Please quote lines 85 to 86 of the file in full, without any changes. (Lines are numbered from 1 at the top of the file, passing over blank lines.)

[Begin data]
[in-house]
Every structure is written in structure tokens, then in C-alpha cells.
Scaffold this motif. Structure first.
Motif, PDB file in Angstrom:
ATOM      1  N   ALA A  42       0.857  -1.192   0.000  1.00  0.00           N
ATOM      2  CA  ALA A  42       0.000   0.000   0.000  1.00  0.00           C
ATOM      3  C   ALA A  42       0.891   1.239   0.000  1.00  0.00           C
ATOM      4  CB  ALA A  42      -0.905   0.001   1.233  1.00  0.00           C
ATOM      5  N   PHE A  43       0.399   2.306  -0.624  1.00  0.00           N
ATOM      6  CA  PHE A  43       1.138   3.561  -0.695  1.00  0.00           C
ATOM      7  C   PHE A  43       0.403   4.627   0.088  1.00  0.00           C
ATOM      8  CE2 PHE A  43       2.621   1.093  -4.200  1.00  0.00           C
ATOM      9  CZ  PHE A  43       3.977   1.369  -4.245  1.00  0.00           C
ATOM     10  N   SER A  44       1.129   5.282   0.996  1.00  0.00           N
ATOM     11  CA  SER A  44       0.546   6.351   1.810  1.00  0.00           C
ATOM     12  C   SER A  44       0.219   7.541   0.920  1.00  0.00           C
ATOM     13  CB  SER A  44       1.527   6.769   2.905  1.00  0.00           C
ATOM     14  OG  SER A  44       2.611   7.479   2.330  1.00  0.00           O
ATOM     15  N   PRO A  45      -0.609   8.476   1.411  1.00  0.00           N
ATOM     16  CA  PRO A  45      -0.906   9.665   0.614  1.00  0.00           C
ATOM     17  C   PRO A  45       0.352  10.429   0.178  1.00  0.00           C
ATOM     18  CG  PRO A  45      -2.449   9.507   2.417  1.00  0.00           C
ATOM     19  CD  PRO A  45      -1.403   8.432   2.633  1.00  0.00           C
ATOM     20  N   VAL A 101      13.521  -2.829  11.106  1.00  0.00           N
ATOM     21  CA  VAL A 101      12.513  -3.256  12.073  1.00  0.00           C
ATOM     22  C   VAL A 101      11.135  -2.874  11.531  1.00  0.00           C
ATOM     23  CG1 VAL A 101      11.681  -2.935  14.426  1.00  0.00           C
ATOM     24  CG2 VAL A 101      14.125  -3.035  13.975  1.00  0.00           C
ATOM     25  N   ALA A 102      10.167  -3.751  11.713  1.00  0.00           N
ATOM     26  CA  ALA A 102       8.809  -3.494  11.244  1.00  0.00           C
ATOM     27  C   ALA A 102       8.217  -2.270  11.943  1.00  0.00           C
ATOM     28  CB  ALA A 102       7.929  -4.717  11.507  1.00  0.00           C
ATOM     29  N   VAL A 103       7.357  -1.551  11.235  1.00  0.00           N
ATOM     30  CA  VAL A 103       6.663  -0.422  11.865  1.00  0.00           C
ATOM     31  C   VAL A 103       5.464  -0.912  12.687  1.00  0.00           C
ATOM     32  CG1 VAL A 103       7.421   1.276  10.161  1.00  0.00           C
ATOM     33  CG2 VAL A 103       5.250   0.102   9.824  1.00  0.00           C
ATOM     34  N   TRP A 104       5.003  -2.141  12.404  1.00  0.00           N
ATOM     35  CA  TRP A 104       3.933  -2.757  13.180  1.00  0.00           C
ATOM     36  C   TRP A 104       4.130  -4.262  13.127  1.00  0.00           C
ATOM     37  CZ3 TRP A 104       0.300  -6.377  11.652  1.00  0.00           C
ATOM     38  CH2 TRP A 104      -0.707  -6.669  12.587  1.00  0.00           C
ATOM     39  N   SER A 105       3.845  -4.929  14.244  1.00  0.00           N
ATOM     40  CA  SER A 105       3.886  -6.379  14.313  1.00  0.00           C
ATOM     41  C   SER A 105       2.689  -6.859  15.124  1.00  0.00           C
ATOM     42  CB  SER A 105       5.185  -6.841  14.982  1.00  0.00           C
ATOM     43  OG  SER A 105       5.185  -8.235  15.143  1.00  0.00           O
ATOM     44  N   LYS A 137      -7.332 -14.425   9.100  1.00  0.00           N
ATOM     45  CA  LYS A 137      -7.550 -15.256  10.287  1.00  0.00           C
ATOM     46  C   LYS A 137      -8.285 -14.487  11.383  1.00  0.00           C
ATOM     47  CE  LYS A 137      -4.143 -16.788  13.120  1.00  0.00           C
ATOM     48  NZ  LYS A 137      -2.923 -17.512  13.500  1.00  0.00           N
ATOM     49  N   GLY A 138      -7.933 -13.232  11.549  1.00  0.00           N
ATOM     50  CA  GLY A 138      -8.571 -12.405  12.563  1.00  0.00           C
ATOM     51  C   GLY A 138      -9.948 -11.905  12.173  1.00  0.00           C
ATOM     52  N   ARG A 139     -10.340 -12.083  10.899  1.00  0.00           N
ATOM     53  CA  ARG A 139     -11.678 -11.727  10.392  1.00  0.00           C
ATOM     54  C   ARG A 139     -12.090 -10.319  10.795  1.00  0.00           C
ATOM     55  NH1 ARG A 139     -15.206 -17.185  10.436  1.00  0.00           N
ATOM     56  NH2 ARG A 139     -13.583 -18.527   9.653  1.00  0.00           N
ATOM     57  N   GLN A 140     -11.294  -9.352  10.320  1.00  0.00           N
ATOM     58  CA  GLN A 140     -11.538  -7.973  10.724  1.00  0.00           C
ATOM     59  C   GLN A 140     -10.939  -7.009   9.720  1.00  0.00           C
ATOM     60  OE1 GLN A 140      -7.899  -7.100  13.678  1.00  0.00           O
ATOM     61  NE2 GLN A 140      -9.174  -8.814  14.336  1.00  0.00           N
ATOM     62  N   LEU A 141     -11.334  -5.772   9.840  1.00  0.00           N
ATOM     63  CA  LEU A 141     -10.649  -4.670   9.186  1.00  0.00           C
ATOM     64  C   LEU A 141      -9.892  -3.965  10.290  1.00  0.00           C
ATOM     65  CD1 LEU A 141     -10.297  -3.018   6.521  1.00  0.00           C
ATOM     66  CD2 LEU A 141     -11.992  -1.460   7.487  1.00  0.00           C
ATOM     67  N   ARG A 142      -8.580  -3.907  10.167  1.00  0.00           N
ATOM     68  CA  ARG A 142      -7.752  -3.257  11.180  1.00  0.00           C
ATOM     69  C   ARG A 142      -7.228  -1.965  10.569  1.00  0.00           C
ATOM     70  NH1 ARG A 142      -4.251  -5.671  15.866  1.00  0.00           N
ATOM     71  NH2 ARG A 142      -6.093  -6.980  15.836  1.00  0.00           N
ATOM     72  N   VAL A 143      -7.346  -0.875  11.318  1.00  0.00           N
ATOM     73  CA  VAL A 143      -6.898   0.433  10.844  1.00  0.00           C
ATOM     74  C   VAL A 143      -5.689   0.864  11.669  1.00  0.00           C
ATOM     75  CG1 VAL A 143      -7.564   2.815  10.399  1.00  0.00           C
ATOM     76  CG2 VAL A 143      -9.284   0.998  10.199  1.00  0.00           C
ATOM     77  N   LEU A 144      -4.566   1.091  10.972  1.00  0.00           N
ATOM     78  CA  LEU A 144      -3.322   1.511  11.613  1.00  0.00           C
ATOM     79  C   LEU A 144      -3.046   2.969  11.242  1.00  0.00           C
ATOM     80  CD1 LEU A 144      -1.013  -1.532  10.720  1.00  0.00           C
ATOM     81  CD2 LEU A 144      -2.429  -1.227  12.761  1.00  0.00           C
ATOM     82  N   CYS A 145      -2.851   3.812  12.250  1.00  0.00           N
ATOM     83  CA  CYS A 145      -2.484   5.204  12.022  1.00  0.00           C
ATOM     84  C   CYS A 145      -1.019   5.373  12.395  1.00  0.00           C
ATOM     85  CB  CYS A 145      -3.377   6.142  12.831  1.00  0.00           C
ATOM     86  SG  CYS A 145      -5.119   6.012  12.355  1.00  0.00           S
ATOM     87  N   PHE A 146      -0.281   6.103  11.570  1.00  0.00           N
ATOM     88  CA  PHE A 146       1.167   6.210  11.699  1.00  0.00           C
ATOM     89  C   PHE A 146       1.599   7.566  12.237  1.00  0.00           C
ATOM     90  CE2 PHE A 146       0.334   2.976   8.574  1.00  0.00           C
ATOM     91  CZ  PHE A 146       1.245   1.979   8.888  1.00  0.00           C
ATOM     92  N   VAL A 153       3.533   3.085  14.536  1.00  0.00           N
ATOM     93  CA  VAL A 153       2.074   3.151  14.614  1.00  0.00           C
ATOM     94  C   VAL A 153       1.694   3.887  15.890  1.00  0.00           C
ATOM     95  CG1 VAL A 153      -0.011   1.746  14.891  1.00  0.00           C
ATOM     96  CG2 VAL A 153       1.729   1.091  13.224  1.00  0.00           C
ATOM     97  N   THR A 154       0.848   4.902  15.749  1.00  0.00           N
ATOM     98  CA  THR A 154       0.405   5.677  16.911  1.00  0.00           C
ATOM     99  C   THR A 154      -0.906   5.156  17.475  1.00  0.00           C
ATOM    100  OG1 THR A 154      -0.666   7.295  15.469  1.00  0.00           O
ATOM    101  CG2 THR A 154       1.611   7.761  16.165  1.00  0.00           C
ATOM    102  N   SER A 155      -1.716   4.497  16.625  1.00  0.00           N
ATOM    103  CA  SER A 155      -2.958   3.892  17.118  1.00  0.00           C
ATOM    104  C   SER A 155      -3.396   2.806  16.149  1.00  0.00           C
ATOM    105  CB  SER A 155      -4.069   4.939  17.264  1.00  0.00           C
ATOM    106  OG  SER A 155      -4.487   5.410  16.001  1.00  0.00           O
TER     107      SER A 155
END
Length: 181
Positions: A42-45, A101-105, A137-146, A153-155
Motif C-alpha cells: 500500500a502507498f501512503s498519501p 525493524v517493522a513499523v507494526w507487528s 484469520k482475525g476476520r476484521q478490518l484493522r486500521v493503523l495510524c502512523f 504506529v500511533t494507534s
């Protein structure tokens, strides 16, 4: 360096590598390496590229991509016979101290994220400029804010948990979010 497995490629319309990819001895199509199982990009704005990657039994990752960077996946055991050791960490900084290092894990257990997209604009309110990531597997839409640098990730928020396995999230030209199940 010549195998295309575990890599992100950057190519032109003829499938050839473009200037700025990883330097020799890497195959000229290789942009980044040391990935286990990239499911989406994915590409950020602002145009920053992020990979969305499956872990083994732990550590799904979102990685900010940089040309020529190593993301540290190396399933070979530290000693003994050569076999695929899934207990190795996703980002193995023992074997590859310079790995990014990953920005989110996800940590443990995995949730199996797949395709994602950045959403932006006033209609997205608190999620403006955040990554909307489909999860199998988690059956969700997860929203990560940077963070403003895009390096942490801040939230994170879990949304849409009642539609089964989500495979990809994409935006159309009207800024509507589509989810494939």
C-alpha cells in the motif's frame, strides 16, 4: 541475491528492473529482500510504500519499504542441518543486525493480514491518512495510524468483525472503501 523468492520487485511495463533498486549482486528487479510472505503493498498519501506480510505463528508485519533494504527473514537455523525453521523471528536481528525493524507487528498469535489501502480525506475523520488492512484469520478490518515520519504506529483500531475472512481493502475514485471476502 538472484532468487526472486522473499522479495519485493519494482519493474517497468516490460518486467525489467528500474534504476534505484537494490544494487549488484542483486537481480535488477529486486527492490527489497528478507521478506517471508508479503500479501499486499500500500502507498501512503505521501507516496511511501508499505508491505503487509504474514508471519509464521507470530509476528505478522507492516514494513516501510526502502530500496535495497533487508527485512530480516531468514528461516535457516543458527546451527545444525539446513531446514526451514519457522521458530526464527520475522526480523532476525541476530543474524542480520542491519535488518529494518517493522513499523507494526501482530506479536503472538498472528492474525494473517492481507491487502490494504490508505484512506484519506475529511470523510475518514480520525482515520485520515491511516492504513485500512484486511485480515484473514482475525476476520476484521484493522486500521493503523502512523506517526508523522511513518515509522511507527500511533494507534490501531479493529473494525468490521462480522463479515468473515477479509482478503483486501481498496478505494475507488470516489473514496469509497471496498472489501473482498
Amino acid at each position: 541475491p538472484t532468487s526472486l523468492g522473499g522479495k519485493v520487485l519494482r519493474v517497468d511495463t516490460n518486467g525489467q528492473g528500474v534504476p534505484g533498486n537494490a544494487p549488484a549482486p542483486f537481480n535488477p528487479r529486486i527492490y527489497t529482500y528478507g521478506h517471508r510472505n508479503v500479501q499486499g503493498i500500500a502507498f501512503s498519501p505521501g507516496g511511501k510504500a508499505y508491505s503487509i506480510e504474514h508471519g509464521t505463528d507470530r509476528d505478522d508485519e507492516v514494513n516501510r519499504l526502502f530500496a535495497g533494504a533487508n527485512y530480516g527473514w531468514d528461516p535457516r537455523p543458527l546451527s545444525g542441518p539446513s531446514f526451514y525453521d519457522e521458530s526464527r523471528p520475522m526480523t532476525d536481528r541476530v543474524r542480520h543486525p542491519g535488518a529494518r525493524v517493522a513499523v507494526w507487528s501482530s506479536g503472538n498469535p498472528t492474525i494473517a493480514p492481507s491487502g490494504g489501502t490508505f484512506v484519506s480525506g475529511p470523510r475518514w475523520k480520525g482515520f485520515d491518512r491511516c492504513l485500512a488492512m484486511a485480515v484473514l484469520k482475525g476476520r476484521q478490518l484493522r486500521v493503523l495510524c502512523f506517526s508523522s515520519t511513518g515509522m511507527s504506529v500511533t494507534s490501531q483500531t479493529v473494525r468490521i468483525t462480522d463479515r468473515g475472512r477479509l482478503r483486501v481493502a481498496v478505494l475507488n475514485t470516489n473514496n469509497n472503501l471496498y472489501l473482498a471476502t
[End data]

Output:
ATOM     81  CD2 LEU A 144      -2.429  -1.227  12.761  1.00  0.00           C
ATOM     82  N   CYS A 145      -2.851   3.812  12.250  1.00  0.00           N